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March 23 2007

Buffy universe harbors no more than 512 vampires. This is a fun little math problem.

It's a few days old, but I just found it on my RSS feed and didn't see it posted here. Vampires are proved to be a myth, according to math, and the columnist uses the math model on the Buffy universe.

But what about the thousands of slayers? Maybe that's why there are no vampires in season 8! ;)

An article about the paper was linked to last Autumn but this one has some stuff about points of equilibrium that's maybe interesting.

(and the comments at the linked blog have already mentioned our biggest objection last October i.e. not every vampire attack results in another vampire being produced so the maths is based on a faulty assumption from the start. I especially liked the one that countered the oft-trotted out anthropic principle with the rarer - but funnier - 'vampiric principle' ;)
I like the idea that the existence of vampires and the existence of a slayer are mathematically intertwined.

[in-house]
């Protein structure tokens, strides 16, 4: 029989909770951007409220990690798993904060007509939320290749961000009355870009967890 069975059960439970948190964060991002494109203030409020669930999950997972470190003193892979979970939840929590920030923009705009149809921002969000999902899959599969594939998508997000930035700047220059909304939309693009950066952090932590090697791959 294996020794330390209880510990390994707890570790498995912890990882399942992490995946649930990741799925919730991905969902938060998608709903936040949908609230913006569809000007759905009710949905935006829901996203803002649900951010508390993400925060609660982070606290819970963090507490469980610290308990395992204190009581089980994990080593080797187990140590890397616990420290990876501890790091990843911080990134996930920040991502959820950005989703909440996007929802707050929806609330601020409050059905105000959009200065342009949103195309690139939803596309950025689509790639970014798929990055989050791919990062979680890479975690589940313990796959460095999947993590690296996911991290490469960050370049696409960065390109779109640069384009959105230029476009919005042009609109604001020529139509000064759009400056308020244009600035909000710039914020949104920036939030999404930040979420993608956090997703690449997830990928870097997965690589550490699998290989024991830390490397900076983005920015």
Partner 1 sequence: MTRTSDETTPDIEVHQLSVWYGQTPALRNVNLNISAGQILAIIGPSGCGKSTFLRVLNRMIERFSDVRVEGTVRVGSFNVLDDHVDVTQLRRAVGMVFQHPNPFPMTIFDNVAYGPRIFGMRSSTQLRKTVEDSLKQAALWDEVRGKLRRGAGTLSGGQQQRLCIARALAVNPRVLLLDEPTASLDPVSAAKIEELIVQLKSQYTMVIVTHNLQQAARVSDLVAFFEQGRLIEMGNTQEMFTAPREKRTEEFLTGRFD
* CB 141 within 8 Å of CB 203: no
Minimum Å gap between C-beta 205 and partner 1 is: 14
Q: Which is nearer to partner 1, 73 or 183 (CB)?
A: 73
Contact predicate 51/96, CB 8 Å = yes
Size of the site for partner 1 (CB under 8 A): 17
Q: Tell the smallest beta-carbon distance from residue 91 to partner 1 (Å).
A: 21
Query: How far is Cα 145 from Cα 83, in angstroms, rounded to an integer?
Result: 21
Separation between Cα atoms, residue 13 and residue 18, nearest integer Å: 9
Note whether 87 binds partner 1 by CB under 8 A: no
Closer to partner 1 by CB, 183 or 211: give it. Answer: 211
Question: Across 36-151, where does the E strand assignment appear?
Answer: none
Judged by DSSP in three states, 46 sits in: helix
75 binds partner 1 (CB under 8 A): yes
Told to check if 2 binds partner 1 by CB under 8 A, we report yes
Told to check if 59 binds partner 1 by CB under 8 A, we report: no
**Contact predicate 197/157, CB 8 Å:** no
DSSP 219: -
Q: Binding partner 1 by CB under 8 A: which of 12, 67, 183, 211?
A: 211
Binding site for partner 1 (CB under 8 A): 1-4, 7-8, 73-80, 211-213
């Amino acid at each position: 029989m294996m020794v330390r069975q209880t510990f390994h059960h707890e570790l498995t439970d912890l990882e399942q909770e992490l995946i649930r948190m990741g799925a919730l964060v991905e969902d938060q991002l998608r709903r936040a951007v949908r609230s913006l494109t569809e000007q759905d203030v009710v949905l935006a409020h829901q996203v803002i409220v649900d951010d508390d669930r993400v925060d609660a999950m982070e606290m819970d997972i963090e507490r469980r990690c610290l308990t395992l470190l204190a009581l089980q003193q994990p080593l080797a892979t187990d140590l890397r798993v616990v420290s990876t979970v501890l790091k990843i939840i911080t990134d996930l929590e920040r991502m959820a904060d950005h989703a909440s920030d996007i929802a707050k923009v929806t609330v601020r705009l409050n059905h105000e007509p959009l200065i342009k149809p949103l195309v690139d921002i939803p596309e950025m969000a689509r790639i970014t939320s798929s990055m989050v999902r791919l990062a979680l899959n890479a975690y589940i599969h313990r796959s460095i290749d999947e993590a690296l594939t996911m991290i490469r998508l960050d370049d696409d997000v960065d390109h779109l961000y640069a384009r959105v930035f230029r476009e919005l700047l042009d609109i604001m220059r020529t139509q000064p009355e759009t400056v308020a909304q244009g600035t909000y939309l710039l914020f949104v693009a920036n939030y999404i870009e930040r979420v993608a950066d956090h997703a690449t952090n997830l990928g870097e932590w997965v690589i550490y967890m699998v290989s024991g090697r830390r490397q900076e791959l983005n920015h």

But what I don't like about the original vampire calculation thing is that they assume the vampires feed once a month and turn each of their victims into vampires.

Most of the mythology I'm familiar with has the vampires feeding more often, but very rarely turning anyone else into a vampire by letting them drink vampire blood and then feeding (or some varation).

So, maybe it'd be more like the average vampire turns someone every 100 years or so. If you worked it with those numbers, I bet vampires would be a mathematical possiblity. Maybe I'll run the calculations sometime if really bored and attempt to make my first Whedonesque main page post.
I'm always reminded of:
Buffy: To make you a vampire they have to suck your blood. And then you have to suck their blood. It's like a whole big sucking thing.

Celluloid Novelist, if you happen to do the calculations, just remember to ask someone else to post it for you, as we don't post our own stuff in the front page.
So, maybe it'd be more like the average vampire turns someone every 100 years or so. If you worked it with those numbers, I bet vampires would be a mathematical possiblity.

Err, yeah. Given that the original paper assumes a starting point of 1 vampire in 1600 AD we'd only have 2^4 = 16 vampires in total. Not exactly a global epidemic ;).